Environmental activists from across Southeast Asia are urging their governments to present a united front ahead of a major summit in Bangkok against a surge of plastic and electronic waste imports that are turning the regions into the world’s “dumpsite.”
Thailand, this year’s chair of the Association of Southeast Asian Nations (ASEAN), will host the leaders of the 10-country bloc for a four-day summit starting Thursday under the banner “Advancing Partnership for Sustainability.”
But environmental rights groups see a glaring omission in their agenda.
“We are quite surprised and a little bit disappointed because … the issue of waste trade that the region [is] facing has not been [put] on the table,” Greenpeace Thailand country director Tara Buakamsri said at a press conference Tuesday in Bangkok.
The bloc is making a push to stem the tide of plastic waste washing into the region’s seas and oceans. It is expected to adopt the Bangkok Declaration, its first agreement to tackle marine trash, at the summit.
“But it’s not enough,” Tara said.
For decades China had been the world’s leading plastic trash importer, taking in nearly half the globe’s output — some 9 million tons — at its peak in 2012, according to Greenpeace. That quickly changed after China abruptly banned most waste imports at the end of 2017 to cut back on the heavy pollution that came with processing and recycling it.
Middlemen scrambled to redirect the rivers of trash elsewhere; much of it landed in Southeast Asia, with its cheap labor and lax regulations. Malaysia soon took China’s top spot, while other countries in the region also saw sharp spikes.
In Thailand, plastic waste imports from its top five source countries nearly tripled between the last quarter of 2017 and the second quarter of 2018 to some 150,000 tons, according to Trade Map figures cited in a new Greenpeace report, “Southeast Asia’s Struggle Against the Plastic Waste Trade.”
In the Philippines, it quadrupled to more than 1,000 tons over the same period, then skyrocketed to nearly 5,500 tons in the quarter after that.
China’s move “changed the scenario, and ASEAN has become the world’s new dumpsite,” said Shanya Attasillekha, also with Greenpeace Thailand.
While some waste can be recycled to help fuel a developing country’s manufacturing sector, much of it — especially when imported illegally or under false pretenses — is useless and ends up being burned or leaching harmful chemicals into the environment.
“Waste trade is about environmental and social injustice. Wherever waste goes, people suffer,” said Lea Guerrero, country director for Greenpeace Philippines. “If you look at it, it’s technically waste trafficking.”
Some of the countries have started to push back.
A few imposed temporary or partial bans on waste imports by mid-2018. Malaysia and the Philippines have started shipping containers of mislabeled or illegally imported trash back to the countries they came from.
But the tactics are having mixed results.
Some of the source countries are hesitant to take their trash back; Canada recently said it had no plans to repatriate its waste from Malaysia, but is now in talks with the government, according to Reuters. And while bans imposed by some ASEAN countries last year sent imports tumbling, they have started to inch up again in Malaysia, Myanmar, Thailand, and Vietnam, says Greenpeace.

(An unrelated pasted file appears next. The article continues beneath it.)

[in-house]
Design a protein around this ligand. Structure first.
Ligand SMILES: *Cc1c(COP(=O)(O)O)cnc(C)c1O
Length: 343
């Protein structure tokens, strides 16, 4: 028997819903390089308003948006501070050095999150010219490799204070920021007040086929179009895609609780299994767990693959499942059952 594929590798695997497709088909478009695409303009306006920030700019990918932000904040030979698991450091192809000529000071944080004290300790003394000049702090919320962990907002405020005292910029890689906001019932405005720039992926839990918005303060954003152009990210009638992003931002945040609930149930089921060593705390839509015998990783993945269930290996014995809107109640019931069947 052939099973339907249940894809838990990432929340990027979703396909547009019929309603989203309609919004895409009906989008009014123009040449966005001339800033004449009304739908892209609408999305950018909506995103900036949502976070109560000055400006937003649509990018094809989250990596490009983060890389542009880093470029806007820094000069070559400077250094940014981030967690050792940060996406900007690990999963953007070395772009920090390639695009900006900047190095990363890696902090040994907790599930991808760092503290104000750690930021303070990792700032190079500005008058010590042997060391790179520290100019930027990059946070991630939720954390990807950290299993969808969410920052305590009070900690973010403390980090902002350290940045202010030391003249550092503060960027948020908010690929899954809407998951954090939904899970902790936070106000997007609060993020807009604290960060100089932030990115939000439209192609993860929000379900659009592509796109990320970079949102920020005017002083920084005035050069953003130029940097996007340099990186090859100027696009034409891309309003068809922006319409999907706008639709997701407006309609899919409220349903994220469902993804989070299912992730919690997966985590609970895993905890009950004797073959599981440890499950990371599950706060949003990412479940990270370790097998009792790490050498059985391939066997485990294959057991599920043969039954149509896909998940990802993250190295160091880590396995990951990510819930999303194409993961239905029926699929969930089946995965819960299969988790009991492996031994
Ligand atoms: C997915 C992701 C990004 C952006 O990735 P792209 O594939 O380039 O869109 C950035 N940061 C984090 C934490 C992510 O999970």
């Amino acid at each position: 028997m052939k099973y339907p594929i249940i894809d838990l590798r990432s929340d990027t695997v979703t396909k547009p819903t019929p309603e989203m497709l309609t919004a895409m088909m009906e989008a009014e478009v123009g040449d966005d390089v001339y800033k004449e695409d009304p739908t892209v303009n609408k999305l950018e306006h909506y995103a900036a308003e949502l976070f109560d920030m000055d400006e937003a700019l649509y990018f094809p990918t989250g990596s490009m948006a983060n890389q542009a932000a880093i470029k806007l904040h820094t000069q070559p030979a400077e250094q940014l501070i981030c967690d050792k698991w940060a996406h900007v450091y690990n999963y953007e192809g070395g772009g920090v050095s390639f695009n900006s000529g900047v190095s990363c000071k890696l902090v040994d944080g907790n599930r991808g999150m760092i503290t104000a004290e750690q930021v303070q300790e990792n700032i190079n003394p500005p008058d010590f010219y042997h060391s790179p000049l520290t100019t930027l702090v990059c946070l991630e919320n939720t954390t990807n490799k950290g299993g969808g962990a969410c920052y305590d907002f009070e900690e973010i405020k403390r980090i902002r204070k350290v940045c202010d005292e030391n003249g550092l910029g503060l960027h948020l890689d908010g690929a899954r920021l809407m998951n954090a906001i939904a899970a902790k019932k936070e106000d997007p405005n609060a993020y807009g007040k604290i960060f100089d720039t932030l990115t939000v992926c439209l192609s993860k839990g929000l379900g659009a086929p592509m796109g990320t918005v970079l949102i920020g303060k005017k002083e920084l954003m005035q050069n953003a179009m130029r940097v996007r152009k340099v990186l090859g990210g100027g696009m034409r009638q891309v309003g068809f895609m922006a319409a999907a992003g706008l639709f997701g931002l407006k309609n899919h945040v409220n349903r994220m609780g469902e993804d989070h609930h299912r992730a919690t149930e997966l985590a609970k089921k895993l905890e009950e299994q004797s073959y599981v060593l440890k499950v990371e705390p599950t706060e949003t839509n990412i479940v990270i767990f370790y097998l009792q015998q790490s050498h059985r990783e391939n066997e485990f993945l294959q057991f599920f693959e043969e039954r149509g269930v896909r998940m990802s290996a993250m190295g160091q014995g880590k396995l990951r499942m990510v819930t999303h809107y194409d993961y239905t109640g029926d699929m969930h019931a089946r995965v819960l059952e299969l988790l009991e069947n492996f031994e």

Their own bans also have rerouted trash flows yet again, this time to Indonesia and farther afield.
It’s why Greenpeace and others say ASEAN must act in concert. They’re urging the bloc to use the coming summit to immediately ban all plastic and electronic waste imports, even those meant for recycling, and to sign the Basel Convention Amendment.
All 10 ASEAN countries have signed the 1989 convention, which aims to restrict the international movement of hazardous waste. But only three — Brunei, Indonesia and Malaysia — also have adopted the recent amendment, which extends the treaty to plastics.
“This is not just a Malaysian problem or Canadian problem or U.S. problem or Philippines problem. This is an ASEAN problem, and all the countries need to make urgent joint declarations to end the trade in plastic waste imports from other countries,” said Heng Kiah Chun, a campaigner with Greenpeace Malaysia.
Busadee Santipitaks, spokeswoman for Thailand’s Foreign Affairs Ministry, which is organizing the summit, said Thailand was open to a coordinated and unified ban on plastic waste imports.
“If there is a concerted effort, we are fully supportive of it,” she said Wednesday. “In principle, I think all countries are concerned with the trade of plastic waste … and we probably would not like to see these things happen.”
But ASEAN remains first and foremost an economic bloc, and Penchom Saetang, director of Ecological Alert and Recovery-Thailand, an NGO, warned that short-changing the environment would eventually harm its own cause.
She said a ban on electronic waste that Thailand is planning to impose soon includes exemptions the government has yet to spell out, and a new Factories Act loosens the inspection regime by which waste-processing sites must abide.
The Waste Division of Thailand’s Industrial Works Department, which oversees the country’s waste imports and processing, told VOA on Wednesday that no one was available to comment.
“If ASEAN leaders focus only on [the] economy and ignore damage of [the] environment, I think that in the near future this could bring some ruin to [the] economic situation,” Penchom said.